Not Childs Play, Not Boys Toys: Gaming Population Older and More Diverse than Commonly Thought
Study finds most videogames designed for wrong demographic.
As it turns out, the popular view on the gaming population is not quite in sync with reality, as the Daily Mail found out, via a survey conducted by Pixwoo. The study was based on randomly secleted 2000 Brits who self identify as “gamers”, not just on members of the Pixwoo social network. (That is what the Daily Mail article sounds like, if there is contradicting information, please let us know!)
As the survey shows, the gaming population (in Britain, anyway) is not comprised mainly of adolescent males (commonly known as “smelly teenagers”), binge gaming in their rooms while skipping class. In fact, the average gamer is a lot older, and a lot more diverse than the common person on the street might think.
This elusive, “average gamer” is in fact a bit older than a teenager: In Britain, this gamer will be 35 years old, while holding a (somewhat) steady job, earning 23k pound sterling (about $35k), while spending 12 hours of his precious time clutching a controller. The interesting part here is, these statistics apply to all sides of the gender divide.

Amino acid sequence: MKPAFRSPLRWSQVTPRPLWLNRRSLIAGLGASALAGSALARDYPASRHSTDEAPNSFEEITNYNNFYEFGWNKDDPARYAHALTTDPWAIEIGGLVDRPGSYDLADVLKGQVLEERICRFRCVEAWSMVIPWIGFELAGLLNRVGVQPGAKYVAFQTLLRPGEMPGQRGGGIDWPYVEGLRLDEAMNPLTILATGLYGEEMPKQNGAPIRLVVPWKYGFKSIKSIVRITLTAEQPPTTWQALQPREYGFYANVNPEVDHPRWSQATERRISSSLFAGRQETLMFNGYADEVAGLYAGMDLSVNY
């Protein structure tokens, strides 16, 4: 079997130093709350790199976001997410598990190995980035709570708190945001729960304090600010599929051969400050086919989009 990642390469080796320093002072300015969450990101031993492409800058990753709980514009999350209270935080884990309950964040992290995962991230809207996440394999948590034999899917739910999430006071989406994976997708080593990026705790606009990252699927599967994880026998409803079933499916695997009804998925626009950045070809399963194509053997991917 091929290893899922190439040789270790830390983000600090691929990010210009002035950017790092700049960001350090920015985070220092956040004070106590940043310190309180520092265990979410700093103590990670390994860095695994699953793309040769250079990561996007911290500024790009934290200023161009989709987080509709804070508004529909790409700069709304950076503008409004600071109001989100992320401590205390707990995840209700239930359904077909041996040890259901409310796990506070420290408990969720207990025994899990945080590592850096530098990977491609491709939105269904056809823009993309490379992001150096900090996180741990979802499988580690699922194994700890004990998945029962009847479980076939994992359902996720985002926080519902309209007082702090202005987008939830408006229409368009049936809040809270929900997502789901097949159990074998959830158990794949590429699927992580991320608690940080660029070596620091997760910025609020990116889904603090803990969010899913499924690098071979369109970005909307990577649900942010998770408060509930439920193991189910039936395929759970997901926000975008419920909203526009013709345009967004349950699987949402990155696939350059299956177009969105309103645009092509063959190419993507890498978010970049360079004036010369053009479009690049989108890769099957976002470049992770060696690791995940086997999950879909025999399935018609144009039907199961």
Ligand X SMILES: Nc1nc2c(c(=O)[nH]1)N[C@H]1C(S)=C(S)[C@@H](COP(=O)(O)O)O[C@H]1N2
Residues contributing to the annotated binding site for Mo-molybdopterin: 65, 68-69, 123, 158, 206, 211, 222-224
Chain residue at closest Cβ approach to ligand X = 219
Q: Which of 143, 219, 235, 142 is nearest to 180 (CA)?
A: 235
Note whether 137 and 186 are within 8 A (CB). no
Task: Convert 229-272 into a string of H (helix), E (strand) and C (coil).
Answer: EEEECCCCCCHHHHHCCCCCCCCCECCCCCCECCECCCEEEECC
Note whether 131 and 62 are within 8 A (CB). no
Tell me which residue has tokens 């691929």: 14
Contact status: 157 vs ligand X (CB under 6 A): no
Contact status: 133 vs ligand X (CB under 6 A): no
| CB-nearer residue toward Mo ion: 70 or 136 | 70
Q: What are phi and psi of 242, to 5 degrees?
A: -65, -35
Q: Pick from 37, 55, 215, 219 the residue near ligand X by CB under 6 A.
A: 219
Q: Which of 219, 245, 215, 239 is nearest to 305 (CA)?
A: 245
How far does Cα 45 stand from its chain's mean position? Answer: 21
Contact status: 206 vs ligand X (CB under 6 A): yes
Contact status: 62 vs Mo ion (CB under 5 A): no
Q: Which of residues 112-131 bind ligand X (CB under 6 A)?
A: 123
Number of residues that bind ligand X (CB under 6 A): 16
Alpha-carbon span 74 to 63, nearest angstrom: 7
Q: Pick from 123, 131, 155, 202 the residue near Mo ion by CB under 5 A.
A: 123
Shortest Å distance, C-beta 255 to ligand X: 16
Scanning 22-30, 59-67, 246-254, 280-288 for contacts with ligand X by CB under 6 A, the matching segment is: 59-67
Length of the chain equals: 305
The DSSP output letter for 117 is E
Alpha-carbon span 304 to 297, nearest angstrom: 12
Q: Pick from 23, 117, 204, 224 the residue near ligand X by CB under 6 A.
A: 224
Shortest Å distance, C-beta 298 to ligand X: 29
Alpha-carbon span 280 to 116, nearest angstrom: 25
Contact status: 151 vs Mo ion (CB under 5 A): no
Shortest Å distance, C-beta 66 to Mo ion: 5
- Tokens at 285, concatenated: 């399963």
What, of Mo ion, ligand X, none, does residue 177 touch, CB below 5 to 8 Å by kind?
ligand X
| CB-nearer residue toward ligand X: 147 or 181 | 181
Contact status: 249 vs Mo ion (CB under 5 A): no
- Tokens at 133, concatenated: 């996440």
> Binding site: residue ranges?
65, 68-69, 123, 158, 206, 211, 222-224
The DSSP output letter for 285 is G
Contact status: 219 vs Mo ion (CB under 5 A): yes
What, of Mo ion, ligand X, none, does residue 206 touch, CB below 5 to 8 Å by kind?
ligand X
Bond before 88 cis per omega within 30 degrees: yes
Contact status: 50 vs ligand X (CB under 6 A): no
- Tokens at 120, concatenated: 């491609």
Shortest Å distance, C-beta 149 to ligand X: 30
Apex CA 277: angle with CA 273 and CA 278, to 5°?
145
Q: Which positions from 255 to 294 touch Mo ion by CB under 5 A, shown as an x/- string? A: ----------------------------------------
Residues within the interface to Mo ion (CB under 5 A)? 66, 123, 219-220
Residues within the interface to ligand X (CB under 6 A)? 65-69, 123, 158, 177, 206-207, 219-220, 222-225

The takeaway of this study confirms what most of us have known for awhile: There are in fact a lot of gaming women, with about 45% of the gaming audience identifying as female.
As a Pixwoo spokesperson told the ‘Mail:
"Not only are women just as likely to be gamers as men, but we are talking about fully grown adults who work, have a family and are in a relationship.
"Gaming is no longer something reserved just for children and young adults. There are so many different types of games and consoles to play them on that there is something for all ages."
Also, the gamers surveyed own two consoles on average, and the most widely owned console is the Wii, which is not that surprising giving the high popularity it enjoyed in the late 2000s. However another tidbit contradicting the stereotype is that most gamers have children and steady families.
So there you have it. Women’s gaming habits are about the same as men’s, and there are almost as many girl gamers as there are boys, and they (males and females) tend to have families. Take that, stereotypes! Now can we please have some games that actually reflect and cater to that population, and not to the perceived adolescent male that 90% of AAA games are made for?